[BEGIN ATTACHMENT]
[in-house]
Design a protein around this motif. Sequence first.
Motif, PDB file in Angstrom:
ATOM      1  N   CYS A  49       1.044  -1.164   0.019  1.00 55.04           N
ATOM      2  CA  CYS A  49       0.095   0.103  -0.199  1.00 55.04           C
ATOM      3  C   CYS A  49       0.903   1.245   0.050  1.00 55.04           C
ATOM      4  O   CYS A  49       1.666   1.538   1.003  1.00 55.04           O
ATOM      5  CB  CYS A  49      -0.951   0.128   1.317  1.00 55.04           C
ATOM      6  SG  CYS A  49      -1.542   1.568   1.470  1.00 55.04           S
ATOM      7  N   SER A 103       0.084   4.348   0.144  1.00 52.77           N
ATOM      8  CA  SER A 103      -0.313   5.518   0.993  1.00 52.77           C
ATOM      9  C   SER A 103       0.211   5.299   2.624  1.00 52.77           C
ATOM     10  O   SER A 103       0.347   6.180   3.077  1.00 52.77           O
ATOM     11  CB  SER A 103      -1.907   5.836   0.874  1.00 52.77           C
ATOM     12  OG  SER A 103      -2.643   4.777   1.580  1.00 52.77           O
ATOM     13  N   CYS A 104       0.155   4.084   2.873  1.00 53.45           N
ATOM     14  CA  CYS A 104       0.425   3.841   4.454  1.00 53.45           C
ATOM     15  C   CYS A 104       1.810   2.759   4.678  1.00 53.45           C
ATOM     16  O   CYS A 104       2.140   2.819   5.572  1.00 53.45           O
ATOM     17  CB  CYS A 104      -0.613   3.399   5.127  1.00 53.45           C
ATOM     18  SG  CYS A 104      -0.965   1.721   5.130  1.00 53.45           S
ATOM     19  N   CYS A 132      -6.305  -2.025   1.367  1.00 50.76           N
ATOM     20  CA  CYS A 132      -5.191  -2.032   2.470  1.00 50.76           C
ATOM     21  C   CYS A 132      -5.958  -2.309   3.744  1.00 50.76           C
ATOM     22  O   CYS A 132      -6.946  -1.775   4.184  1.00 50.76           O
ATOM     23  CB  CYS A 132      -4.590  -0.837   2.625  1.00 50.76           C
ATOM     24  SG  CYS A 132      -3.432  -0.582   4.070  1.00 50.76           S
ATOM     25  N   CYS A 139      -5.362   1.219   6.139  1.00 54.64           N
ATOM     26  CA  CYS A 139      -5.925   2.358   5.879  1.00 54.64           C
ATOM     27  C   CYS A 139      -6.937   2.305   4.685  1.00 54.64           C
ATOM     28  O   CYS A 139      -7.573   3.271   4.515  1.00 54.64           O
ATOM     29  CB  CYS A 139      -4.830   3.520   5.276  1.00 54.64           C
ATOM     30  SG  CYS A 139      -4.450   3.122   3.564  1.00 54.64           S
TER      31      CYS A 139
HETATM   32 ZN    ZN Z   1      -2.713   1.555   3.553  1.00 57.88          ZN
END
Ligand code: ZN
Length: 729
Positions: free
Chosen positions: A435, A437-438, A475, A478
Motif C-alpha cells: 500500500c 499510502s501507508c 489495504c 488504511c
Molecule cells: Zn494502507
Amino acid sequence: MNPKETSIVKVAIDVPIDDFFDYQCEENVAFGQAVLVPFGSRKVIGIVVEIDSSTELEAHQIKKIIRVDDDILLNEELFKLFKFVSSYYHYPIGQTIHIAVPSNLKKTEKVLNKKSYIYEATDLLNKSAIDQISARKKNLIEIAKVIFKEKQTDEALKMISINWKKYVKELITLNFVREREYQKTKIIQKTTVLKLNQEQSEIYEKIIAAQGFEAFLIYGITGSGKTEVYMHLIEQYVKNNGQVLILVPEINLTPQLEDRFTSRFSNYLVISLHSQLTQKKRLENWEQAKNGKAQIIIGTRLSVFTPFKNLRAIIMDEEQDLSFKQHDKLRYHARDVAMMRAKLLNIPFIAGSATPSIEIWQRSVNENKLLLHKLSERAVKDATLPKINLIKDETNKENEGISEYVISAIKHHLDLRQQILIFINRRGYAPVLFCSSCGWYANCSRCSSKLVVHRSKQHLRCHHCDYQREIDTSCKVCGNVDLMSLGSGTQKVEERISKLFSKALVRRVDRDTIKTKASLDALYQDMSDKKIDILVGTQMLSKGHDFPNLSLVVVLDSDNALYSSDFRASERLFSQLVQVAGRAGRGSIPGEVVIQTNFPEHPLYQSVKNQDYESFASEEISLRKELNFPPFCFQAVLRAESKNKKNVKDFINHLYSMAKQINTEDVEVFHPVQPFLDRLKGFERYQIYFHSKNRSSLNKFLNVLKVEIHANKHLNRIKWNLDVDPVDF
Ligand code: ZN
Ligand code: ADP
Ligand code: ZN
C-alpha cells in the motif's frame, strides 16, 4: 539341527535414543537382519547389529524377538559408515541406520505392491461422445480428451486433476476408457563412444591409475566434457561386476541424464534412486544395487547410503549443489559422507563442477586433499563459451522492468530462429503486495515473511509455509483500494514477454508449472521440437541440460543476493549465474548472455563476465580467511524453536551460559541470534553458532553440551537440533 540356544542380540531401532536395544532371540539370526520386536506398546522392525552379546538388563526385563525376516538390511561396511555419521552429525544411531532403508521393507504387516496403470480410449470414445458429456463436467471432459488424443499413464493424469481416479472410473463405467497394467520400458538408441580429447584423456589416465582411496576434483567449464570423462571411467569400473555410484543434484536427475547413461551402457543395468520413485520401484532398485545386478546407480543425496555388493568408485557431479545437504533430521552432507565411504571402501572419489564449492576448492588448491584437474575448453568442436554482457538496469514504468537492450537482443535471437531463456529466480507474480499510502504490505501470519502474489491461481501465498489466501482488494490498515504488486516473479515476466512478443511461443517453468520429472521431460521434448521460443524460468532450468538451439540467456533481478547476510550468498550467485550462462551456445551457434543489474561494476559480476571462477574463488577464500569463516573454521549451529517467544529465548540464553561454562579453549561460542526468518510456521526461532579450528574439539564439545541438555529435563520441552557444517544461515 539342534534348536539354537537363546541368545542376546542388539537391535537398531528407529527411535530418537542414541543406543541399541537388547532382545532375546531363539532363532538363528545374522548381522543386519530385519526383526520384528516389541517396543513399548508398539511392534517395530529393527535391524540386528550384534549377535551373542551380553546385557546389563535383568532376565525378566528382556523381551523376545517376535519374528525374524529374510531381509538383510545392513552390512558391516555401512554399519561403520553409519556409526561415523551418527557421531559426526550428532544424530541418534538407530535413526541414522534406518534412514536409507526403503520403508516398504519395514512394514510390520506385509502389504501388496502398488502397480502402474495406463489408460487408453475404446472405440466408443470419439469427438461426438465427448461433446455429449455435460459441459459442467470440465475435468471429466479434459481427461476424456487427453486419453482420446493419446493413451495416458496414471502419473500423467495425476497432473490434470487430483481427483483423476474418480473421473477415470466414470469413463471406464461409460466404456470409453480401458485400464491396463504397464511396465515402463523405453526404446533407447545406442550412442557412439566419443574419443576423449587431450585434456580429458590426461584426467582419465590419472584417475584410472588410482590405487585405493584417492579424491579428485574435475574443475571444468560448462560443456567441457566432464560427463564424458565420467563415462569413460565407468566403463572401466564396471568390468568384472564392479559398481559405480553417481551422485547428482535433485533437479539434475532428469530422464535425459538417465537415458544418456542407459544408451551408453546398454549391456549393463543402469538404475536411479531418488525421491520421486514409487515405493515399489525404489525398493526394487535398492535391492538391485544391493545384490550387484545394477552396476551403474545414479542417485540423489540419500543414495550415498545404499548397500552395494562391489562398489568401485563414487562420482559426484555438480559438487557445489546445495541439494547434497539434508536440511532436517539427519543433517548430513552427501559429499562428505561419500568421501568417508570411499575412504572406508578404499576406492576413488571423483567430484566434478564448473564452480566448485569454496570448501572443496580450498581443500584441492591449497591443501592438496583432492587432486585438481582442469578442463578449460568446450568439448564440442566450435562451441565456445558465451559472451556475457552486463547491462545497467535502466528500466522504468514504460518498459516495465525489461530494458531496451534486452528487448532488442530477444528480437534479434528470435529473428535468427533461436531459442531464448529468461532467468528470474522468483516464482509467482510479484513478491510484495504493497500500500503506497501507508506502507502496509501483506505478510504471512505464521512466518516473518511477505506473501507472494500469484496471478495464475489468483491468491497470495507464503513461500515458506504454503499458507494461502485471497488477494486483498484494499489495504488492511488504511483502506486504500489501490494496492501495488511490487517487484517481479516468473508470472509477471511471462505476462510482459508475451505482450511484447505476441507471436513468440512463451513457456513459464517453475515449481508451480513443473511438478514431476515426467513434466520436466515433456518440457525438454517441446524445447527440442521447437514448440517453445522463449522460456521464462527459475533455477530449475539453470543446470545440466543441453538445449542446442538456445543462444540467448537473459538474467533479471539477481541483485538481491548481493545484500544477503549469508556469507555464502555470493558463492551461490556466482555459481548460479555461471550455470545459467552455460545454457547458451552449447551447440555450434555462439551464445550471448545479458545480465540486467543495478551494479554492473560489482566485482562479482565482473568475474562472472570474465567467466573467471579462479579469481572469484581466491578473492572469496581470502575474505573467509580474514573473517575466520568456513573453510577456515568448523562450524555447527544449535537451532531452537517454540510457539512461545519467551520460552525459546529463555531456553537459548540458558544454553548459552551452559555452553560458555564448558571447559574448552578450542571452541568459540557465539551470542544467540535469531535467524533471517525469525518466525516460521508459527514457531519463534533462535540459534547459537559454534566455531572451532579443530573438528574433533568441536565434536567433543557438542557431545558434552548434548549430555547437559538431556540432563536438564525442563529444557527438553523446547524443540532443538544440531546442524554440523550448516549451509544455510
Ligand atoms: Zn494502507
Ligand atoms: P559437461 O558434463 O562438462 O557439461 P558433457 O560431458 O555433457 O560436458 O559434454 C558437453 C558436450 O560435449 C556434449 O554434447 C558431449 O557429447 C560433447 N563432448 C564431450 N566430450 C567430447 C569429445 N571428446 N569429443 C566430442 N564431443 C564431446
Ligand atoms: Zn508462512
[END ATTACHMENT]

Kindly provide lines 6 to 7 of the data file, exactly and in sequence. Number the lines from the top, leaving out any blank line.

ATOM      3  C   CYS A  49       0.903   1.245   0.050  1.00 55.04           C
ATOM      4  O   CYS A  49       1.666   1.538   1.003  1.00 55.04           O